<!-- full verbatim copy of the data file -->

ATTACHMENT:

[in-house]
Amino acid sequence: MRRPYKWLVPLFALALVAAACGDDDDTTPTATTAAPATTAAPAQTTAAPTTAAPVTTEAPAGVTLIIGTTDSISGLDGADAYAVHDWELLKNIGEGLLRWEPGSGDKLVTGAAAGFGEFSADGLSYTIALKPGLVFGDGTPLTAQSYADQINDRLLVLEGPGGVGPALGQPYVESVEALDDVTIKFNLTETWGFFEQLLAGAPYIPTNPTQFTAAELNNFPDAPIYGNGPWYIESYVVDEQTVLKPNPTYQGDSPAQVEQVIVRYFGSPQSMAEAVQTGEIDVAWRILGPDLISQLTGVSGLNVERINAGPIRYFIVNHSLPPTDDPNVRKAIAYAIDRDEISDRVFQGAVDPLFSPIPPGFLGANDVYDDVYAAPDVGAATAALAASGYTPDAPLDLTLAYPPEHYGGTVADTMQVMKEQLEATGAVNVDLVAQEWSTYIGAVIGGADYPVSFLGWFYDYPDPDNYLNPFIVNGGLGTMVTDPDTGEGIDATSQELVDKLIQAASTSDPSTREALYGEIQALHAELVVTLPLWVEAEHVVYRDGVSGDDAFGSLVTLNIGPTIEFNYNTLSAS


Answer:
[in-house]
Amino acid sequence: MRRPYKWLVPLFALALVAAACGDDDDTTPTATTAAPATTAAPAQTTAAPTTAAPVTTEAPAGVTLIIGTTDSISGLDGADAYAVHDWELLKNIGEGLLRWEPGSGDKLVTGAAAGFGEFSADGLSYTIALKPGLVFGDGTPLTAQSYADQINDRLLVLEGPGGVGPALGQPYVESVEALDDVTIKFNLTETWGFFEQLLAGAPYIPTNPTQFTAAELNNFPDAPIYGNGPWYIESYVVDEQTVLKPNPTYQGDSPAQVEQVIVRYFGSPQSMAEAVQTGEIDVAWRILGPDLISQLTGVSGLNVERINAGPIRYFIVNHSLPPTDDPNVRKAIAYAIDRDEISDRVFQGAVDPLFSPIPPGFLGANDVYDDVYAAPDVGAATAALAASGYTPDAPLDLTLAYPPEHYGGTVADTMQVMKEQLEATGAVNVDLVAQEWSTYIGAVIGGADYPVSFLGWFYDYPDPDNYLNPFIVNGGLGTMVTDPDTGEGIDATSQELVDKLIQAASTSDPSTREALYGEIQALHAELVVTLPLWVEAEHVVYRDGVSGDDAFGSLVTLNIGPTIEFNYNTLSAS